Of your useless and pointless knowledge”
The sixties were a decade of revolution. The society of that time, particularly the youth, was rebelling against the past traditionalist morals that limited their freedom. There was a clash of ideals and public demands, an unjustified war was being forced on the people, and so on. The once fragile utopian society of the fifties was falling apart and giving way to more modern times, for better or for worse “These were traumatic times to live through.” (Suze Rotolo). People felt that way towards the authority’s violent response to the various movements that were happening.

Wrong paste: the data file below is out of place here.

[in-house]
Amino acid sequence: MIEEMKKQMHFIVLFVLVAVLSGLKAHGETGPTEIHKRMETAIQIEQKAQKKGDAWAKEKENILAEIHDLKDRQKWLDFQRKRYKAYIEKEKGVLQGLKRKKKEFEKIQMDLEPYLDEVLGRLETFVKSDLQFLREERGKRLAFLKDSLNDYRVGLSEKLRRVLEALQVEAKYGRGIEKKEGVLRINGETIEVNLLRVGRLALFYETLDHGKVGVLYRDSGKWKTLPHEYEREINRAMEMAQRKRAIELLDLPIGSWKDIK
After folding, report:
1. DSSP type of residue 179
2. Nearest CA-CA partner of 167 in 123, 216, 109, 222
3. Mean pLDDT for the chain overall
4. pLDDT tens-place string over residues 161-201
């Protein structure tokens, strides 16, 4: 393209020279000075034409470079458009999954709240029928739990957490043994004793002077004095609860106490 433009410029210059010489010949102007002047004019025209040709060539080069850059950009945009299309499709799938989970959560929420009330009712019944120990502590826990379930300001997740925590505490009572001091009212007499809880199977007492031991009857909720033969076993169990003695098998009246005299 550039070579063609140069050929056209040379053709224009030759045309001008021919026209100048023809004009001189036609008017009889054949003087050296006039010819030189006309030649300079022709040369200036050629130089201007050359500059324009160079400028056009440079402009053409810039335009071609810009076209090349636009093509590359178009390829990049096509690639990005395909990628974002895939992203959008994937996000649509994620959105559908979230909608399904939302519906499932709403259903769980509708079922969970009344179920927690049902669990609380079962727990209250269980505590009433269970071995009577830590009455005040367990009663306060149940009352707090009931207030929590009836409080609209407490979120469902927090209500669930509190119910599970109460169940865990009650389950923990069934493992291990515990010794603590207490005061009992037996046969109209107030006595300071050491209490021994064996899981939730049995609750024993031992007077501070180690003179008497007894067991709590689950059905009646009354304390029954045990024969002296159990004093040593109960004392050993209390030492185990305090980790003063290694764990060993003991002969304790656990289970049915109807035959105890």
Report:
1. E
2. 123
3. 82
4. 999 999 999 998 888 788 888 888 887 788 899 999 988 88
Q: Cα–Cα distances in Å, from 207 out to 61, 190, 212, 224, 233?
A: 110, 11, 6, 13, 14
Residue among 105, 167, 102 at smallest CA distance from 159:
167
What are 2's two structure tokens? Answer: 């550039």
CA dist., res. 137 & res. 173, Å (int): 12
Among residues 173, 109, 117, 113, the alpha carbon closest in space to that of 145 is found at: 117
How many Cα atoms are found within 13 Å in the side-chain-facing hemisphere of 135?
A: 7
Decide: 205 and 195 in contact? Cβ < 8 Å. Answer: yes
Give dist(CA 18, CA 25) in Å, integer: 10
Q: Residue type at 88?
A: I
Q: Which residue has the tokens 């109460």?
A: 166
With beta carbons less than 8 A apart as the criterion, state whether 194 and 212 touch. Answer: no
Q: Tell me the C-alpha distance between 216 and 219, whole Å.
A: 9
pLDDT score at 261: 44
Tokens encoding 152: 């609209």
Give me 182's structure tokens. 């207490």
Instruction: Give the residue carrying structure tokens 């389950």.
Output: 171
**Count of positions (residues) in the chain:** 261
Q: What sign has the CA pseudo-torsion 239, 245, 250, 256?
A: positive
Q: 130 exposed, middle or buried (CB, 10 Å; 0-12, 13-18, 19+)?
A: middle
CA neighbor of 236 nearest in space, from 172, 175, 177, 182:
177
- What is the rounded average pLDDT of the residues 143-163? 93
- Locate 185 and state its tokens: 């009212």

Numerous artists implanted the turbulent aura of the decade into their songs, some known as protestant for sarcastic and aggressive lyrics that spoke for a cause. Some managed better than others. Very famously, Bob Dylan wrote his own share of subtly written protestant songs, though he claimed that “To be on the side of people who are struggling for something doesn’t mean you are being political”, in other words, he was just writing about what was happening around him and his feel towards it.
Following the footsteps of other folk singers, Dylan proved his worth as an impact on the minds and souls of people with songs like The Times They Are A-Changing,, and Blowin’ in the Wind, among other. Just like the Beatles captured a nation’s heart challenging the culture, Bob Dylan captured a nation’s head by reconstructing a form of expression. “In taking all of the elements I’ve ever known, to make wide sweeping statements which conveyed a feeling that was in general essence a spirit of the times.” (Bob Dylan)